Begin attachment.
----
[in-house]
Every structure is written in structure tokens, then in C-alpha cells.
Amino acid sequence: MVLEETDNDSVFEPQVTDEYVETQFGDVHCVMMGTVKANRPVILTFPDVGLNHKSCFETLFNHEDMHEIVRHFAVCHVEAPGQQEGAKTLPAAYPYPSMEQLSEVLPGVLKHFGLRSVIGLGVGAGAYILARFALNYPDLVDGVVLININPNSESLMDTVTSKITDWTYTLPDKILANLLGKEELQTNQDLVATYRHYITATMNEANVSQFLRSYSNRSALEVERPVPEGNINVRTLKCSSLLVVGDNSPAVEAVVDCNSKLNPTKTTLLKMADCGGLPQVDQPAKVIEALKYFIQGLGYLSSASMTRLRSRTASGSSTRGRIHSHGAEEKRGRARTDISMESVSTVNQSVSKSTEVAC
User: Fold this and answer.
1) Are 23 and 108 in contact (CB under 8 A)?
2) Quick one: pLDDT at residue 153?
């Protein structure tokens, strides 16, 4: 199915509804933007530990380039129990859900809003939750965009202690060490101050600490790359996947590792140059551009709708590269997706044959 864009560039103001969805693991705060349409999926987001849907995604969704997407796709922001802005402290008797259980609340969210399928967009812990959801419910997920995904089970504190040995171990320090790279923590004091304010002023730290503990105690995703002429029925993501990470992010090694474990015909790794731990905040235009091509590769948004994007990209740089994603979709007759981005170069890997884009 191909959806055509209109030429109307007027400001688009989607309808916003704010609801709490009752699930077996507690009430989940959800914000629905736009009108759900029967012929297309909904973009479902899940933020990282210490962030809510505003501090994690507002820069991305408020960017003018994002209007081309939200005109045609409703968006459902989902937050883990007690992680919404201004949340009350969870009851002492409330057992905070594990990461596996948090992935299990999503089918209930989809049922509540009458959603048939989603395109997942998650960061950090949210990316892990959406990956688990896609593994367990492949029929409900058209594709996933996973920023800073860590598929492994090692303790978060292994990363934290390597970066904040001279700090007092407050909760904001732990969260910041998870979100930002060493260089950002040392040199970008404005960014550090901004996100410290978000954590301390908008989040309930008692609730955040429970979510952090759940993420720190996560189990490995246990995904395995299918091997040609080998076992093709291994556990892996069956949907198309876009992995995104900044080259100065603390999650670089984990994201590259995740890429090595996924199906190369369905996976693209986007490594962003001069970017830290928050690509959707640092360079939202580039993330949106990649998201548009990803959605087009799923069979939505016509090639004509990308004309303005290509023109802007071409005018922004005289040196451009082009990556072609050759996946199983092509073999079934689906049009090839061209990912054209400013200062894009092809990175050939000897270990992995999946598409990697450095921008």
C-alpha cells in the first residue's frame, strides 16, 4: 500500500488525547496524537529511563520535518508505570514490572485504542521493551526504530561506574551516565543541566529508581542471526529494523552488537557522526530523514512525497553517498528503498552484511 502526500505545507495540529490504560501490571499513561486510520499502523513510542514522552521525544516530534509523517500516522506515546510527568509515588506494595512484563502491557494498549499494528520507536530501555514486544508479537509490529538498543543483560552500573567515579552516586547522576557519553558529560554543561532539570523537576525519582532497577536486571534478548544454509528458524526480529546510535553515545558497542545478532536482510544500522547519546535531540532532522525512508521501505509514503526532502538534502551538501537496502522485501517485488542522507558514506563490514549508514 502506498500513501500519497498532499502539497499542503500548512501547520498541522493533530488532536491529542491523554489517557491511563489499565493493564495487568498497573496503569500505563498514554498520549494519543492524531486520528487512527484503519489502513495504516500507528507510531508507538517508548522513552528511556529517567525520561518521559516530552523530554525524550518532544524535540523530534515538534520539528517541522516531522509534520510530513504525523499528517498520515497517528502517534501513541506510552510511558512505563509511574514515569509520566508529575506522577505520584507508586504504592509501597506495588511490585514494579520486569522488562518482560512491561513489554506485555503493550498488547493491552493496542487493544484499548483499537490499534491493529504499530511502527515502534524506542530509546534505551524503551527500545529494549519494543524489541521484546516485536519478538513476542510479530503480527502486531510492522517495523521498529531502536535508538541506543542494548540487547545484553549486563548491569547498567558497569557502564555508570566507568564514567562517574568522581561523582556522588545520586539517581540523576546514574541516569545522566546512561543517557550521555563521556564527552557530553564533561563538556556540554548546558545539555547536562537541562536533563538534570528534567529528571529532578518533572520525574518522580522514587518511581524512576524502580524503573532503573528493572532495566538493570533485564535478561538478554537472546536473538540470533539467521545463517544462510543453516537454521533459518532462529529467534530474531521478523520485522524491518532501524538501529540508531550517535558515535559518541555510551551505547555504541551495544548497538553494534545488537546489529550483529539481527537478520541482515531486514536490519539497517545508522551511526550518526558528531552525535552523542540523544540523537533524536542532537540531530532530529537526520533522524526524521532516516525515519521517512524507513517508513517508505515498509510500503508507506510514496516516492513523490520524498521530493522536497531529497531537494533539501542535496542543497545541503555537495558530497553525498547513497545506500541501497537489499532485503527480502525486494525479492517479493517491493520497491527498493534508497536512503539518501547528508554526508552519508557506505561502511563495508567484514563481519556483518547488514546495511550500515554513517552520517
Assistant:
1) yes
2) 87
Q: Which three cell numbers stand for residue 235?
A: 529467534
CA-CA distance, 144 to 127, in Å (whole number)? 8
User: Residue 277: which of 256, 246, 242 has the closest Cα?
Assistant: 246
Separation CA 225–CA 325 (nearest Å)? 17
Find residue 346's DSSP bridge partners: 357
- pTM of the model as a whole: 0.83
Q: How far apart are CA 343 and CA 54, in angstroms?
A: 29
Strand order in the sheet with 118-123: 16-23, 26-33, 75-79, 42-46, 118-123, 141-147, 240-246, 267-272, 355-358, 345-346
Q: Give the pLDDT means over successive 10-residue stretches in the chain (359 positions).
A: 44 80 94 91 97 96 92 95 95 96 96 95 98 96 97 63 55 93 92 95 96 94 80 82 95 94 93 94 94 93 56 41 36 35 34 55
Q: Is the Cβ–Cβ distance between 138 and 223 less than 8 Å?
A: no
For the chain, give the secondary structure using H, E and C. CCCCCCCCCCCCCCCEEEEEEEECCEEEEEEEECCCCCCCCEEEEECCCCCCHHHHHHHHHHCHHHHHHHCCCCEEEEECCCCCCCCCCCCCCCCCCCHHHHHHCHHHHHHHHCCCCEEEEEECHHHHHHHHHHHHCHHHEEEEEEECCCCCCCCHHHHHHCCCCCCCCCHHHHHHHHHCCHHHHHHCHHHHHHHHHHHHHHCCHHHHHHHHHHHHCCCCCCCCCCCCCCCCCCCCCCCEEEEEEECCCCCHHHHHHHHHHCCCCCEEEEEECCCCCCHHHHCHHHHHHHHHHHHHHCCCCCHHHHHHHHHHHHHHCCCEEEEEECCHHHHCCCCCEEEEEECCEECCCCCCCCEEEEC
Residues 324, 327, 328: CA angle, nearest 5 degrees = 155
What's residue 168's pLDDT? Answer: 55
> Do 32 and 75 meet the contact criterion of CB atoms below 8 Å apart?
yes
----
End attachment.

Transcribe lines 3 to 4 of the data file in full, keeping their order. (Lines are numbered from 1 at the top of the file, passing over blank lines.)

Amino acid sequence: MVLEETDNDSVFEPQVTDEYVETQFGDVHCVMMGTVKANRPVILTFPDVGLNHKSCFETLFNHEDMHEIVRHFAVCHVEAPGQQEGAKTLPAAYPYPSMEQLSEVLPGVLKHFGLRSVIGLGVGAGAYILARFALNYPDLVDGVVLININPNSESLMDTVTSKITDWTYTLPDKILANLLGKEELQTNQDLVATYRHYITATMNEANVSQFLRSYSNRSALEVERPVPEGNINVRTLKCSSLLVVGDNSPAVEAVVDCNSKLNPTKTTLLKMADCGGLPQVDQPAKVIEALKYFIQGLGYLSSASMTRLRSRTASGSSTRGRIHSHGAEEKRGRARTDISMESVSTVNQSVSKSTEVAC
User: Fold this and answer.